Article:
In order to produce the flaky ceramic powders the methods used in powder metallurgy for producing flaky metal powders can be suitably adapted. Such methods are well known and it is not necessary to describe them here. Other methods are possible as well, and some will be described below, but it should be understood that the accounts given are not by any means exhaustive.

One such method consists in preparing relatively fine ceramic powders by grinding or ball milling or other usual methods and compacting these powders, either dry or wet, by mechanical pressure into a brittle film of the required thickness. The compacting pressure may be exerted by rollers; platens, stamping, etc. The brittle film crumbles into flakes. To get flakes of the desired long narrow shape, the compacting or crumbling up may be done by riffied rollers. When a wet process is used the powders may be mixed with a liquid containing a very small amount of a binder. This helps in compacting though it detracts from the high dielectric constant of the flakes.

Another method consists in producing a coating of required thickness with a mix such as that described by Howarth, Breckenridge, and Brownlow (Journal of the American Ceramic Society, Ceramic Abstracts, vol. 30, No. 8, August 1, 1947, pp. 237-242), on a support not attacked by the firing, firing to fuse the coating, and then crushing the fired coating into flakes. The original coating may be produced by more usual coating means, since its thickness is smaller than the one described in the above mentioned publication. Other variations of detail procedure may be made, but essentially up to the crushing stage the procedure described there can be adopted, and in the following a ceramic film produced in this or a similar way will be referred to as a fused ceramic film. One important variation, however, can be made in working the present invention. As it is not necessary to obtain a coherent film by the firing it is possible to put the original coating on a support which is destroyed in the firing and which serves as a support to enable the coating to be put into the furnace, and assists in its fusing into flakes, or a flaky heap, or an easily dividable substance of flaky structure. Sheets of paper, paper coated with water glass, or other film, aluminium foil, etc., may serve as such support. The support may be coated with the mix and placed into the furnace either as single sheets, or a stack of sheets or as a roll. In case of contamination of the fused ceramic film by the destruction of this kind of support, the flakes have to be cleaned chemically. The flake shape may also be preformed by putting the coating on the support not only in the required thickness, but also in the desired shape-for instance by a stencilling device-or by combing the coating before it is dry.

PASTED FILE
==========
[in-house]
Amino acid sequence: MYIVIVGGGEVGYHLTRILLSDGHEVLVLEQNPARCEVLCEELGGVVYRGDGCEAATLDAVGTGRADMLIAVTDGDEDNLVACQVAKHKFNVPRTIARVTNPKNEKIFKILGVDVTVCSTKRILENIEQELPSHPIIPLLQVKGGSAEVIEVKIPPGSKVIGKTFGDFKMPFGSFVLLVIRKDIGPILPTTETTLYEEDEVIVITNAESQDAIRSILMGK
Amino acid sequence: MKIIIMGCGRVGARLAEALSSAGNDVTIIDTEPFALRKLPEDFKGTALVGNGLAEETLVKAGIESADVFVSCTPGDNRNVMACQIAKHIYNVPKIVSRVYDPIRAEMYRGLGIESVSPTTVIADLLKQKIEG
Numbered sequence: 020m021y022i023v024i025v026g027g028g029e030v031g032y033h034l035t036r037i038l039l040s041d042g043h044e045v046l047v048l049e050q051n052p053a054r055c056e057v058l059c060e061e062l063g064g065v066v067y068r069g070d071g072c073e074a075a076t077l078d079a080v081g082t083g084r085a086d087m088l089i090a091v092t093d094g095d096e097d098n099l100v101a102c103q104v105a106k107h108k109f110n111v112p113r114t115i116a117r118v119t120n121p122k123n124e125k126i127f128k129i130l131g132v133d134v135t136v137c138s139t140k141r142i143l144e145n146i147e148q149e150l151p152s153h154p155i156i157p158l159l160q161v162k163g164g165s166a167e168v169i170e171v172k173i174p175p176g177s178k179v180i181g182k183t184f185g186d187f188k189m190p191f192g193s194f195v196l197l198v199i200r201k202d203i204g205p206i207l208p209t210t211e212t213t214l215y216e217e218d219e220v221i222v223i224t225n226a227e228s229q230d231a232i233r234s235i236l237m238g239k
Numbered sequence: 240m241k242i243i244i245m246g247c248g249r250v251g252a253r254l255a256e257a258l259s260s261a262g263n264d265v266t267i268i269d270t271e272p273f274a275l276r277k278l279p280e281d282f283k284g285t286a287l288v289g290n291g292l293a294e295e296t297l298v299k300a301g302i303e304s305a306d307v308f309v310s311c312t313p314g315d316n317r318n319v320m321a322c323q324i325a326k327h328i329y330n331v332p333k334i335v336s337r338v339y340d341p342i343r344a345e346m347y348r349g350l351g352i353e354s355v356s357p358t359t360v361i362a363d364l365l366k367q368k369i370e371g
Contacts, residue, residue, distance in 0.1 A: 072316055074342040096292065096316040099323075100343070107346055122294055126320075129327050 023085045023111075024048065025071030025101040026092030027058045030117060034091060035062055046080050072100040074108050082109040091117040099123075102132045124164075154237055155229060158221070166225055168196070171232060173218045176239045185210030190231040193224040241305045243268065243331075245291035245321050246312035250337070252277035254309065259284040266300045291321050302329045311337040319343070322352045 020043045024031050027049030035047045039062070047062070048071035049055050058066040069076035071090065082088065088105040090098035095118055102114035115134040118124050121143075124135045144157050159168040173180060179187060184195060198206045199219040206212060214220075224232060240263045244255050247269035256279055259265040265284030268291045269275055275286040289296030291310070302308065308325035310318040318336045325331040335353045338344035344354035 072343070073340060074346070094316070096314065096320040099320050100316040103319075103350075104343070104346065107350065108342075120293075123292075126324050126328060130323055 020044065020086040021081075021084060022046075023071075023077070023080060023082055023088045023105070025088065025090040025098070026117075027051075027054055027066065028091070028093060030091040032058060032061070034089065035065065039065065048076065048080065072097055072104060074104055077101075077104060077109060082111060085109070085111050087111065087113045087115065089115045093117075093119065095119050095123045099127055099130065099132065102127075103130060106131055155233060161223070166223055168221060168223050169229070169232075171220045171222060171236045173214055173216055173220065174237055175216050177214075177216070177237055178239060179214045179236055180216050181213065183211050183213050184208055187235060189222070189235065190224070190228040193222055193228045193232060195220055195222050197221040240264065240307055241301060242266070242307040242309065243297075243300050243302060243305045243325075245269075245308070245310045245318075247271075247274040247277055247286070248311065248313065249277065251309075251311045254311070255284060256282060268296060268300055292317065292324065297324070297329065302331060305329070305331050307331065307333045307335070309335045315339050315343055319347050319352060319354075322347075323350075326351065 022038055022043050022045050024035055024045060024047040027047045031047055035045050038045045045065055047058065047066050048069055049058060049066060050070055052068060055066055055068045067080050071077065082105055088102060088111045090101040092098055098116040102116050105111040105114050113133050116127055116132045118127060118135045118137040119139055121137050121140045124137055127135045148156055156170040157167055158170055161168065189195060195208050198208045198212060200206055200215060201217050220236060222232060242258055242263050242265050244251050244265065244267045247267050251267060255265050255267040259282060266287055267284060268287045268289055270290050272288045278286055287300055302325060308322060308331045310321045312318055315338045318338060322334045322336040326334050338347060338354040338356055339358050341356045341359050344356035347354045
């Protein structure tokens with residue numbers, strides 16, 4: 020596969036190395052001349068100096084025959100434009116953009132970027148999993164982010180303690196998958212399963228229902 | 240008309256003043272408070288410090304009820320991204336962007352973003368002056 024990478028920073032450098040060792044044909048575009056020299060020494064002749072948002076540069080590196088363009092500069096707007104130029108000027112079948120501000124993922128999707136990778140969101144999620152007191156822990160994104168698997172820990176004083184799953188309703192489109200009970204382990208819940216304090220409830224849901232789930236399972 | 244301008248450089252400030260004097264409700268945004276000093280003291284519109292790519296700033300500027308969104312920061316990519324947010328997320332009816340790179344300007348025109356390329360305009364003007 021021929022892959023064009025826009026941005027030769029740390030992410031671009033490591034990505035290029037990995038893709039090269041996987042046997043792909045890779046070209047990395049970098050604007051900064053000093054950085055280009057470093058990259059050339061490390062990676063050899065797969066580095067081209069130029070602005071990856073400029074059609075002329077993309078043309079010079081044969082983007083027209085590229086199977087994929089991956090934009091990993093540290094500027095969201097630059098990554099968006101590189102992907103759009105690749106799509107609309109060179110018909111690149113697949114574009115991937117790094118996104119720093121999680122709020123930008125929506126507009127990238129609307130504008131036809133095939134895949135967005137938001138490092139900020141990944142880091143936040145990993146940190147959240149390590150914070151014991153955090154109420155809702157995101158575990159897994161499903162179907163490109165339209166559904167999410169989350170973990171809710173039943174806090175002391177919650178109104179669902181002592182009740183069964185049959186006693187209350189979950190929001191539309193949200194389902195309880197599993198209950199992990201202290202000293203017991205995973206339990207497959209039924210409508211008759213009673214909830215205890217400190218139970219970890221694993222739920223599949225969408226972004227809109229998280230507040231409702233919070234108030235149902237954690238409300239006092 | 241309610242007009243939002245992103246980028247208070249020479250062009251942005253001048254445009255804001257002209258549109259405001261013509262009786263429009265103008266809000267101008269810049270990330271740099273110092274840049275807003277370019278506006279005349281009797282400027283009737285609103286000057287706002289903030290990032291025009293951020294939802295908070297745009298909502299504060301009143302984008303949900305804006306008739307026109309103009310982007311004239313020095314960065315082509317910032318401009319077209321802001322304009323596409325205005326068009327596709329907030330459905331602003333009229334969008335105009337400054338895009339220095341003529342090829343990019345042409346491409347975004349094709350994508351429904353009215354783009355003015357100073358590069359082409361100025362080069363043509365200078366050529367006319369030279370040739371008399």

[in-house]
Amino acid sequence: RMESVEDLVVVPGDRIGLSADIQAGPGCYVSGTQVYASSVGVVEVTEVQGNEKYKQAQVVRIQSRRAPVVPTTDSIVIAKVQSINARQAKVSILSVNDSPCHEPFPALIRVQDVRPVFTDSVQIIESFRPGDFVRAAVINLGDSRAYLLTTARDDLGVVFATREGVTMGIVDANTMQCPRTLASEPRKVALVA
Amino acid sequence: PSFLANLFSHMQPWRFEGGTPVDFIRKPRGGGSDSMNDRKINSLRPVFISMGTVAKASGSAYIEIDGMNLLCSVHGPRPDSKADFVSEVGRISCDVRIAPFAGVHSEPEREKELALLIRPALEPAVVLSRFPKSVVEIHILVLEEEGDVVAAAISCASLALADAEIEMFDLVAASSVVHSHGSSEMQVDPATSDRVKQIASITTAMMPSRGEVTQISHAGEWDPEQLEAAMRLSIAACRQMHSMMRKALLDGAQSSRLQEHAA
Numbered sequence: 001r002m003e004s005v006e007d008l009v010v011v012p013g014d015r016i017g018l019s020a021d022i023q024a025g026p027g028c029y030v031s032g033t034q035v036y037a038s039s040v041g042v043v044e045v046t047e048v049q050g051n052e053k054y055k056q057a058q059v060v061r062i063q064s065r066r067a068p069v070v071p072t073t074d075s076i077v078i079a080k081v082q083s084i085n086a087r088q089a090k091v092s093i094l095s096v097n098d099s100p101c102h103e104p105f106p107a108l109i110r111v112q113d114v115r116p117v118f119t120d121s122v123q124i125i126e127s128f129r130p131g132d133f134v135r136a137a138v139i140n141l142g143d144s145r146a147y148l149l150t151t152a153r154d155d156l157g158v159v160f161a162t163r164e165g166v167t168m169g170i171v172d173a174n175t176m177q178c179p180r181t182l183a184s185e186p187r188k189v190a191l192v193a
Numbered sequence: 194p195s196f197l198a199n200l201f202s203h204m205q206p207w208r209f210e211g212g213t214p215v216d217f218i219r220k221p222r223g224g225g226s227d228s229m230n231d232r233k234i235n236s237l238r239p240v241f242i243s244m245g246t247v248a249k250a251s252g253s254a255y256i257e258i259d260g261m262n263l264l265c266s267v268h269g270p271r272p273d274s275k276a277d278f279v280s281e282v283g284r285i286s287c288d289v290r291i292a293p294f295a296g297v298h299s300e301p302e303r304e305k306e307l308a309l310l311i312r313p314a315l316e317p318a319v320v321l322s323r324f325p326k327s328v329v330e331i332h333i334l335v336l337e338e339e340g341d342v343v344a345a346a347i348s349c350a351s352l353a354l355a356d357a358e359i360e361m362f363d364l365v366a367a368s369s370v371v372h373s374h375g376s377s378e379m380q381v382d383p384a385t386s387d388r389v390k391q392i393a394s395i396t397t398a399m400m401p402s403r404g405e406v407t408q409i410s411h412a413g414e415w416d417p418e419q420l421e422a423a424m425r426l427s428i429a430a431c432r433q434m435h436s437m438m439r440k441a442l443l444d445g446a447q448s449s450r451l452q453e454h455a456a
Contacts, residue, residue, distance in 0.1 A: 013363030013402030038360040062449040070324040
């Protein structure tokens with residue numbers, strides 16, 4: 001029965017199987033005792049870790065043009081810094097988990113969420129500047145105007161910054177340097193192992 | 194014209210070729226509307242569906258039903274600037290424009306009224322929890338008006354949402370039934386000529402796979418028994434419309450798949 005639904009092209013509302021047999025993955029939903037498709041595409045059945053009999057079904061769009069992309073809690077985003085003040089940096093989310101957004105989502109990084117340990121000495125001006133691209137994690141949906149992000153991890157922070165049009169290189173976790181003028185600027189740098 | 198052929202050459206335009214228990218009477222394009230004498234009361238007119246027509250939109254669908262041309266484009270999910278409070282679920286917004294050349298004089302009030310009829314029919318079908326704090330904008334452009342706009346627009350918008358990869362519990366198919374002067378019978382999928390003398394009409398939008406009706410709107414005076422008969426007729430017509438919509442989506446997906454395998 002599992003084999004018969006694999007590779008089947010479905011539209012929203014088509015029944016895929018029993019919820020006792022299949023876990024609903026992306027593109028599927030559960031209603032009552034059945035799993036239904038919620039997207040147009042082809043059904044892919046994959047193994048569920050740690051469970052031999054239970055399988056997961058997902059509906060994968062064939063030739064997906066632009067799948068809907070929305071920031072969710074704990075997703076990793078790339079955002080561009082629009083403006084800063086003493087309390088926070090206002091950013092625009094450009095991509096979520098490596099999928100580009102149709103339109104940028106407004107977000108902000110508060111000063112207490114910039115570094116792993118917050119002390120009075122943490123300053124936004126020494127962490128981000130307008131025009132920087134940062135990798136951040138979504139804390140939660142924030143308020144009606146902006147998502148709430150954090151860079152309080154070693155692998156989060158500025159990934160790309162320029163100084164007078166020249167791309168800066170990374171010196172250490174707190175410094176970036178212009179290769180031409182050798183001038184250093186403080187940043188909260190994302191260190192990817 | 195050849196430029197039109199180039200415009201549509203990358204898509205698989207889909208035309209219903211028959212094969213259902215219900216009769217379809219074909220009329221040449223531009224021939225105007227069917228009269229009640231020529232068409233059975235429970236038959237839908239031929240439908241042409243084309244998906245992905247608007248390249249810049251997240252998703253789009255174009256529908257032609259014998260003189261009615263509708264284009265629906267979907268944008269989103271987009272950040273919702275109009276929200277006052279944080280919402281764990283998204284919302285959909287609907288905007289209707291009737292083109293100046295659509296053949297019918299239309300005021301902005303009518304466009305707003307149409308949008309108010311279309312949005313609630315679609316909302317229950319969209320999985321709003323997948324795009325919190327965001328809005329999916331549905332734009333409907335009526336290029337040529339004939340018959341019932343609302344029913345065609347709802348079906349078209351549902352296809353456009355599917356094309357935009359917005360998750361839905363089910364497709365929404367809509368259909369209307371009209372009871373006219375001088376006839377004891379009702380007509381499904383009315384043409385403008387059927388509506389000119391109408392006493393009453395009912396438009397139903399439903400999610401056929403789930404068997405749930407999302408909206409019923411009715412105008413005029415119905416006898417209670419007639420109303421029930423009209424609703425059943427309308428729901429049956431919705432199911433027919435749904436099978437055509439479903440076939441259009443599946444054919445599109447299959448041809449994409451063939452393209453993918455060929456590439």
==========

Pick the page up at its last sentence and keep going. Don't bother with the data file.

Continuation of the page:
Having got the flaky powder, powder com pacted flakes or fused ceramic flakes, the coating of the metal foil is done in one example as follows:

The foil is coated on one side with an ink or resin of the desired properties such as power factor, electrical strength, elasticity, adhesion to the metal foil and the ceramic, viscosity at certain temperatures, etc. A coating of a dry= 12 ing oil, a linseed varnish, a styrene, isobutylene, or a silicone type resin or a synthetic rubber are examples. This coating will hereafter be called the oilor resin-coating.